Review: MSM [Men Seeking Men] (lemonTree creations/Spiderbones Performing Arts)


For better or for worse, digital technology has literally made a whole world of products and services available at the click of a button. Without leaving home, you can order up your favourite takeout meal, watch a cinematic masterpiece – and yes, even find a partner for a quick, no-strings fling.

Currently playing at The Winchester Street Theatre, MSM [Men Seeking Men] is a mixed-media, one-hour production that meshes electronic music, interpretive dance and dialogue derived from real online chats to explore the realm of anonymous gay sex.

Caution: this production is not for the timid.

There’s much to like about this play. Lewd, crude and salacious, MSM [Men Seeking Men] pulls no punches regarding its subject matter.

Everything from quips about online grammar (including the ubiquitous use of ‘LOL’) to foot fetishes and bareback sex is up for critique. And kudos should be awarded to director and choreographer, Indrit Kasapi, for delivering what felt to me like a personal assessment of what he thought of online hookups.

This production neither condemns, nor condones internet flings. But rather, it presents a broad spectrum of what one would find when trolling Craigslist, Grindr or any other online forum for sex.

To this end, MSM [Men Seeking Men] is more like a slice-of-life snapshot than it is a parody or social commentary. There is truth – as well as humour – in what’s being presented on stage.

Visually, this production was a treat for the senses. The lighting and sound production was impeccable (Production Design by Joseph Pagnan; Stage Management by Heather Bellingham; Production Management by Debbie Courchene). And Kasapi’s choreography was crisp and focused. Much of the ‘storytelling’ actually occurred without any dialogue being uttered, but through the highly expressive movements of the performers.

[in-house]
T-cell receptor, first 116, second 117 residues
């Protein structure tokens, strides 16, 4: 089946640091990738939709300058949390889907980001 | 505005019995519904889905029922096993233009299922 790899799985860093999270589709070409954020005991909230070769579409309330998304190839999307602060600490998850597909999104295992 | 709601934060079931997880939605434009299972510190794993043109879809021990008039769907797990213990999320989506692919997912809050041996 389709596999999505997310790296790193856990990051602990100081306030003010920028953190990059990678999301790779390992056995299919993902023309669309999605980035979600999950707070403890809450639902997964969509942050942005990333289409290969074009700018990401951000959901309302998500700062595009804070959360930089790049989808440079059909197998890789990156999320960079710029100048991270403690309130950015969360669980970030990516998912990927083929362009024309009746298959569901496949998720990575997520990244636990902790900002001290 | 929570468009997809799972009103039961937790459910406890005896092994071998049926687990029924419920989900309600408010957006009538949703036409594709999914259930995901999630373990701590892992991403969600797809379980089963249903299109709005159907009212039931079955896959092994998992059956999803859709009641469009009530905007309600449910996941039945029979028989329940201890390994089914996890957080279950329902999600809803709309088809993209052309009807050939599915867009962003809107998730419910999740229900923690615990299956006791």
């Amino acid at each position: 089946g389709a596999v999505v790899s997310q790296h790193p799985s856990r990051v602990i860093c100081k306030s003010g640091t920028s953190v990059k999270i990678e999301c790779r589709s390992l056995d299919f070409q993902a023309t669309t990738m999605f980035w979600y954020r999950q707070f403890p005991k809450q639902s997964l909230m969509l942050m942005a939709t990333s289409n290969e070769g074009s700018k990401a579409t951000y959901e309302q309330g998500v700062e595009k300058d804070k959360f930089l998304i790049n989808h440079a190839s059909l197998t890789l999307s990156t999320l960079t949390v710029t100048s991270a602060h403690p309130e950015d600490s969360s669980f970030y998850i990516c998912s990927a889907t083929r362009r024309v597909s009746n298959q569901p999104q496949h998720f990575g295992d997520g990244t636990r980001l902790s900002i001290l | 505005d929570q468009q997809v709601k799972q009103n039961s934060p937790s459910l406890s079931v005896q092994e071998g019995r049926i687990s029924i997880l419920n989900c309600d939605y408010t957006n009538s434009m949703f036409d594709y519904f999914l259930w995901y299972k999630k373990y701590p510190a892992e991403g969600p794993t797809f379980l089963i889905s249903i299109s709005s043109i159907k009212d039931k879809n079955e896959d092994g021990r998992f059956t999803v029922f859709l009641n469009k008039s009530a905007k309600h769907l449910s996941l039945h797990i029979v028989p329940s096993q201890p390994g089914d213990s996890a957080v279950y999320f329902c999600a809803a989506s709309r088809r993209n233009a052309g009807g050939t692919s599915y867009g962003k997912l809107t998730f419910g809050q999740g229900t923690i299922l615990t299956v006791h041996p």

The cast (Cole Alvis, Aldrin Bundoc, Corrado Cerruto, Austin Fagan, Andrew Hartley, Ryan G. Hinds, Louis Laberge-Côté and Nico Racicot) all performed aptly. On a side note, it was very refreshing to see representation for various ethnicities and body shapes.

The one caveat I would have regarding this production would be a warning to those who only enjoy traditional, linear-story theatre. This play can at times be quite abstract, and the dance work sometimes felt a little too repetitive and laboured. So, if you’re looking for a play where all loose ends are tied together nicely, or a play that progresses in easy-to-digest chapters, this isn’t it.

But if you’re looking for a real, and gut-wrenchingly raw look into the world of gay cruising, this is one production you shouldn’t miss.


Photo credit: Alejandro Santiago